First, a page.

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Showcase: Bryan’s Pocket Change Arcade

 

You always remember your first. No, not that – I’m talking about arcades! Few of us can ever forget where we dropped our first quarter, where we first planted our feet with determination, and where we first steadied our gaze to defended earth from alien invaders.  For many, all future arcades would always be compared to where we first planted our roots and played endless hours of game. It is rare that these pillars of gaming still exist. Few will ever have the opportunity to retrace their paths and once again step foot into the arcade of their youth. For most of us, all we can do is look back with fondness at a place now long gone.  Bryan Roth, however, is reminded of his hometown arcade every day. All he has to do is look around.


I remember getting my licenses and driving into Appleton where my friends and I would go to a place called Pocket Change in the Valley Fair mall. Pocket Change was a place not only for my friends and I, but my brothers and sisters to spend time together. I was fortunate that when my favorite arcade Pocket Change had closed down Barb the owner gave me a call. I had purchased her Medieval Madness pinball machine from her and gave her my name in case she had anything else to sell.  Well, she ended up closing because the Mall was getting ripped down and offered me all the signs and any of the equipment that I wanted..I took what I had room for. 

In Bryan’s personal gameroom, Pocket Change arcade, after ascending the stairs past photos, posters, marquees, and other memorabilia, the actual sign from the original Pocket Change mall arcade greets visitors. As cool and tantalizing as all those objects are, it is only a precursor to the main attraction – games! Lots and lots of games! Having 21 video games and 26 (!) pinball machines ensures that there is truly something for everyone in this gameroom!

Building a massive collection like this doesn’t come quickly,

I have been collecting for about 10 years with my first few years messing with an arcade simulator called MAME. This got me caught back into the classic arcade playing. I received my first chance at owning a Space Invaders from my brother Richard. This game was in a garage of a house he bought. I worked off payment helping him work on that house. The Space Invaders was not working and I knew nothing about arcade games at the time. I somehow found my way into a newsgroup where people talked about nothing but classic video games. What a dream nothing but buying and selling and questions answered on technical help. This got me hooked and the rest is history.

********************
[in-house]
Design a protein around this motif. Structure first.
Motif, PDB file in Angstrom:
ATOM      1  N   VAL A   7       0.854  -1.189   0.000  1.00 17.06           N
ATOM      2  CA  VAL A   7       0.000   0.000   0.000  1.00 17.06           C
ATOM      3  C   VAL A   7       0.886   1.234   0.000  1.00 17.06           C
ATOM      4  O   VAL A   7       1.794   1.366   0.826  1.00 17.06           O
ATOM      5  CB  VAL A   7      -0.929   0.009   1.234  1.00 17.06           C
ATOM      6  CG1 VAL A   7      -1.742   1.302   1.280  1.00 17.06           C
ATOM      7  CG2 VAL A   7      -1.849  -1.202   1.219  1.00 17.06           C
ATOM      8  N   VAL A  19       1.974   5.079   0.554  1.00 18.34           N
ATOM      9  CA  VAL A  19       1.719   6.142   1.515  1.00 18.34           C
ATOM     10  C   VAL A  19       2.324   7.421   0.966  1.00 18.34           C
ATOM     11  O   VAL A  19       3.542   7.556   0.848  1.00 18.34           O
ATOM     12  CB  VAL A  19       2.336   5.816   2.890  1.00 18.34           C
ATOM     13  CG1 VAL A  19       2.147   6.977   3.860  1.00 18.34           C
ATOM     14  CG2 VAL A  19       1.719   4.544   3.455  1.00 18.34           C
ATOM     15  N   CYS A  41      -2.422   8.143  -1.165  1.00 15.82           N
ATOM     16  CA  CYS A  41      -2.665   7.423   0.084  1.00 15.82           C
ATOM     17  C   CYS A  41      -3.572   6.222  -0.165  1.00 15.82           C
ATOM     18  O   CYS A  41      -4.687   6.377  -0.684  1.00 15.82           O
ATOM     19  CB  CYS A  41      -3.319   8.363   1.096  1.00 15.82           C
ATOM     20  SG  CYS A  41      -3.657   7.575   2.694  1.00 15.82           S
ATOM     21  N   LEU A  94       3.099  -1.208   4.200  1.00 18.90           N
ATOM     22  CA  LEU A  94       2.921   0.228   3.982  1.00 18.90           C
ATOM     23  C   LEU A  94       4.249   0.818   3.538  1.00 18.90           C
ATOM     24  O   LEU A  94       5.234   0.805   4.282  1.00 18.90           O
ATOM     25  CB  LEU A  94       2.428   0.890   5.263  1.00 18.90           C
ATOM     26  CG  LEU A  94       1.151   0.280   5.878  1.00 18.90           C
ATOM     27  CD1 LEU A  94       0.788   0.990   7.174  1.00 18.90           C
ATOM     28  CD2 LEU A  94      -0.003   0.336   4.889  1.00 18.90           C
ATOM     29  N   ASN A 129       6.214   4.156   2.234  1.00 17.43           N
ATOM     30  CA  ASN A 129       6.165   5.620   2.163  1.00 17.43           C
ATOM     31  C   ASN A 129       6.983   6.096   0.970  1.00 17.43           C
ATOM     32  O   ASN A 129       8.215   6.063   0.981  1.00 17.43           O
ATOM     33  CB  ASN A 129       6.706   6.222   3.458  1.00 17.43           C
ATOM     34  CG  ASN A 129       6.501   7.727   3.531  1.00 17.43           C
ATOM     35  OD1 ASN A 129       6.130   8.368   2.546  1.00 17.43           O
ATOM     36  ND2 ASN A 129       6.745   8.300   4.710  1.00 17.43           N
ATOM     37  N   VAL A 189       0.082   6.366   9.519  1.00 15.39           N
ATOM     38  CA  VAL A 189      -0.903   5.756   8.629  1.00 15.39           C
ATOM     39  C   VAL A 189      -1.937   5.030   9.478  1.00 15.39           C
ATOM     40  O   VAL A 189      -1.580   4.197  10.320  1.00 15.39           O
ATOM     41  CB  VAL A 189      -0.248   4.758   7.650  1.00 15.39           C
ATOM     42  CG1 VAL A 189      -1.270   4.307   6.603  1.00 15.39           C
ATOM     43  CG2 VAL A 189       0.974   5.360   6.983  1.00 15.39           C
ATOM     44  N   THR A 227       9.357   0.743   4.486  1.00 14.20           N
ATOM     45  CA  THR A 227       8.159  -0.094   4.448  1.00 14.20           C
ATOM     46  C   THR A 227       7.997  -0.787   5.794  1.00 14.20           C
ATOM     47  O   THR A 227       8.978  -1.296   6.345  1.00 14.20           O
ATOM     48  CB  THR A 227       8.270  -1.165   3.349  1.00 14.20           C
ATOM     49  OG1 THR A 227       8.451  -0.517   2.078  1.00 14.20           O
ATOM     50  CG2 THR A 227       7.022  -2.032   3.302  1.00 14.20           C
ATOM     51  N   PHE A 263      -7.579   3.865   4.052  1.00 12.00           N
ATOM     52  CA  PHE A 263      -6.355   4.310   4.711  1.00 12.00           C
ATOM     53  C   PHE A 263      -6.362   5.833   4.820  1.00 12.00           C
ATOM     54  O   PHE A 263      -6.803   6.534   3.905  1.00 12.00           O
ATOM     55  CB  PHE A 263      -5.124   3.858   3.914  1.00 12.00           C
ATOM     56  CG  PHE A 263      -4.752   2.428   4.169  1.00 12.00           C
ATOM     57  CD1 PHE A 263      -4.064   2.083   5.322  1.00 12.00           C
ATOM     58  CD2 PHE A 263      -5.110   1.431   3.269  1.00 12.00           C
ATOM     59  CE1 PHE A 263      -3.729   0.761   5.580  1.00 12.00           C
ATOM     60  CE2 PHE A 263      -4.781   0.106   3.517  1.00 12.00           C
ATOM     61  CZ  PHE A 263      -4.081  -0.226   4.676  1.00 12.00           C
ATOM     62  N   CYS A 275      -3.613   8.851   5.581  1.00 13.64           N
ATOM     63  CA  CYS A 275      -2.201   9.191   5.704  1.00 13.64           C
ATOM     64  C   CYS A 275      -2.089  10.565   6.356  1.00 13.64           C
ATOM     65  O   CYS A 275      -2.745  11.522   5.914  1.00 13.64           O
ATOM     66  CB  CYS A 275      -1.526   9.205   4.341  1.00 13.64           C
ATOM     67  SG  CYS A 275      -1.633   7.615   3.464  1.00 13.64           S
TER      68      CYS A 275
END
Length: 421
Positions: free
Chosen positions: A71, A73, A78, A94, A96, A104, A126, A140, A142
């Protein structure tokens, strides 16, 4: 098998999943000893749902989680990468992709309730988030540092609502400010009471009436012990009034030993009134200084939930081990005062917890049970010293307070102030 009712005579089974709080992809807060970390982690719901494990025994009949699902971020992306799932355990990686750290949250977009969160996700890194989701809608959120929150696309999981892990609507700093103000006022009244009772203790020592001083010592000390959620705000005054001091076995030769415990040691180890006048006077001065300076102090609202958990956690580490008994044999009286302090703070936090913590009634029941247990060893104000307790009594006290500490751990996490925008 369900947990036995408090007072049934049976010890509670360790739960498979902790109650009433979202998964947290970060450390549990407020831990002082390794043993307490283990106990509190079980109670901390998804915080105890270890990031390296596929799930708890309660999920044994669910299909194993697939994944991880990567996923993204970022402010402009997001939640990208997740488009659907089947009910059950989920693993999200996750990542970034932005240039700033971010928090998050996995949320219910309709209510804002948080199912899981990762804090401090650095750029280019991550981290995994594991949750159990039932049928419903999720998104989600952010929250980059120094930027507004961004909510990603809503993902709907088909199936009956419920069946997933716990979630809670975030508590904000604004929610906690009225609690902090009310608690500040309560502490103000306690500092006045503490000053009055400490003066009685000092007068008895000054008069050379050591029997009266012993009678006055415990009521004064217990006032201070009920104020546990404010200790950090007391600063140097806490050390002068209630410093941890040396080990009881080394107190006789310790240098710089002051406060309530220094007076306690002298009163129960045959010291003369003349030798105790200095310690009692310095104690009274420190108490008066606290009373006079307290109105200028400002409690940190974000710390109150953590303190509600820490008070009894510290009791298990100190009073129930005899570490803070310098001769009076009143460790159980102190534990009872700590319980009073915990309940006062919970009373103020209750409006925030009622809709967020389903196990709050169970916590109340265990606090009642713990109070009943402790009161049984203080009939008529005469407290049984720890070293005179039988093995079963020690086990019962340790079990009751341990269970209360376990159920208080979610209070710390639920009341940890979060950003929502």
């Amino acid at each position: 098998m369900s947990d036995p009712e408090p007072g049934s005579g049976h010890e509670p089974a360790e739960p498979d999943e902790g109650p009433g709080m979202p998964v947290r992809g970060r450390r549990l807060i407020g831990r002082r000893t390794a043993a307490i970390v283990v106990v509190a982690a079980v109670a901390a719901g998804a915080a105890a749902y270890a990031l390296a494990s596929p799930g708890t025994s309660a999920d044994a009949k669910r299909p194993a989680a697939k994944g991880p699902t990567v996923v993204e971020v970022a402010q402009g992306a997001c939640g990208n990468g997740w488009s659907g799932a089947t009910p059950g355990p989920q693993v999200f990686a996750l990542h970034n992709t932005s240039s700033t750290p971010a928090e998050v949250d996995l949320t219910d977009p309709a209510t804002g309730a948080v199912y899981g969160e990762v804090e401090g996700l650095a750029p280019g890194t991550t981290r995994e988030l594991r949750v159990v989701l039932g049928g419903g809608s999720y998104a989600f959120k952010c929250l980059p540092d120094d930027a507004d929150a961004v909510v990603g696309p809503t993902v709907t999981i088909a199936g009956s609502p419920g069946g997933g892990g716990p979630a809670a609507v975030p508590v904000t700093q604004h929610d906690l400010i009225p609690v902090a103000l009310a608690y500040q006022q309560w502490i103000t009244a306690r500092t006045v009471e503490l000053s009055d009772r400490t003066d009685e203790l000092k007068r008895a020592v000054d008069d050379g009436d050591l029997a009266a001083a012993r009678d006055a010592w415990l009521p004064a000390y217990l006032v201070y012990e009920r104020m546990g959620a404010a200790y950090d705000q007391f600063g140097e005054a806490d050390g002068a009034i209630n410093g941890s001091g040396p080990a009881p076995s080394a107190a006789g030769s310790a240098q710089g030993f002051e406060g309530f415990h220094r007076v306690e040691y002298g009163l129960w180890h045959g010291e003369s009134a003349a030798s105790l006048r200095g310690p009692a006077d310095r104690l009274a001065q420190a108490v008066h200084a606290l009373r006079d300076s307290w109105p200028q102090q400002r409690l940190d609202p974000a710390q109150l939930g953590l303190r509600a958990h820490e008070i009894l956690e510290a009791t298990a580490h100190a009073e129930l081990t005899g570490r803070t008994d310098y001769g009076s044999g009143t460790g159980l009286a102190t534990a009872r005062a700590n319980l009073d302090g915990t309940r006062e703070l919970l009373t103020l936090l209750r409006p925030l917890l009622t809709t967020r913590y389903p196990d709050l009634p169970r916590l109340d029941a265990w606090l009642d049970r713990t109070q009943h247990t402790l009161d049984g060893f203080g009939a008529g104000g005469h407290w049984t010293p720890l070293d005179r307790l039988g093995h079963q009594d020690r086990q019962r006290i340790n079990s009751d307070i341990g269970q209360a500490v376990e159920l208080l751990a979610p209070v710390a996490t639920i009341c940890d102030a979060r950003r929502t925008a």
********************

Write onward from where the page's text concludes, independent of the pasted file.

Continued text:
It’s easy to feel overwhelmed in Bryan’s Pocket Change Arcade. One almost experiences a sense of vertigo looking down the main row of seemingly never-ending pins. From EM titles like Aladdin’s Castle, and Lucky Hand, to Solid State titles like Black Knight and Harlem Globe Trotters, there is a strong representation of vintage machines. However, the bulk of the pinball machines on display are modern-era dot matrix display (DMD) games. Fantastic 90’s-era Bally and Williams titles like Indiana Jones, Creature From the Black Lagoon, Theater of Magic, and Twilight Zone lead into more recent releases like Pinball 2000’s Revenge From Mars all the way to such modern titles like Stern’s Simpson’s Pinball Party and Lord of the Rings.

For the video arcade lovers, there is plenty to keep you occupied as well. Galaga, Qbert, Joust, and Space Invaders tempt challengers to test their fate before leaving to try their hand at numerous other feats of skill like Spy Hunter, Time Pilot, and Tron. As hard as it may be to belive, but Bryan’s gameroom can’t accommodate every videogame. For that, though, there is the MAME machine that started all this madness. Select from hundreds, if not thousands, of games to appease any lingering itch of nostalgia.

As most of us know, aside from time and money, this hobby takes determination. Bryan has driven up to eight hours, each way, to pick up machines for his collection. He has also been forced to store trailer-loads of games for up to two years. Lastly, he has overseen structural modifications to his home to increase his gameroom’s footprint from 2200 square feet to a whopping 3100 square feet of electronic bliss.

For Bryan, the arcade was where he grew up as a teenager, but has now become a way to remember the past and honor the memory of his brother and his father. By creating these gamerooms, we as collectors, are archivists – preserving history and memories one game at a time. However, in doing so, we create new experiences that become cherished memories in their own right. As for the future of his gameroom, Bryan doesn’t know what to expect, but he plans on welcoming whatever the future may hold with an open mind, a sense of determination, and plenty of change in his pockets.

Preston Burt

The co-host of the Gameroom Junkies Podcast, Preston is a writer and designer living outside Atlanta, GA. He has an affinity for VHS tapes, and an obsession with arcade games and pinball machines. He is a contributing writer for GeekDad, Paste and RETRO Magazines, and a founder of the Southern-Fried Gameroom Expo.

One Comment

  1. I was wondering if you remember the name of a racing game they had. it was shaped as a yellow car it had stunt tracks and was a pretty cool game. if you can help that would be great

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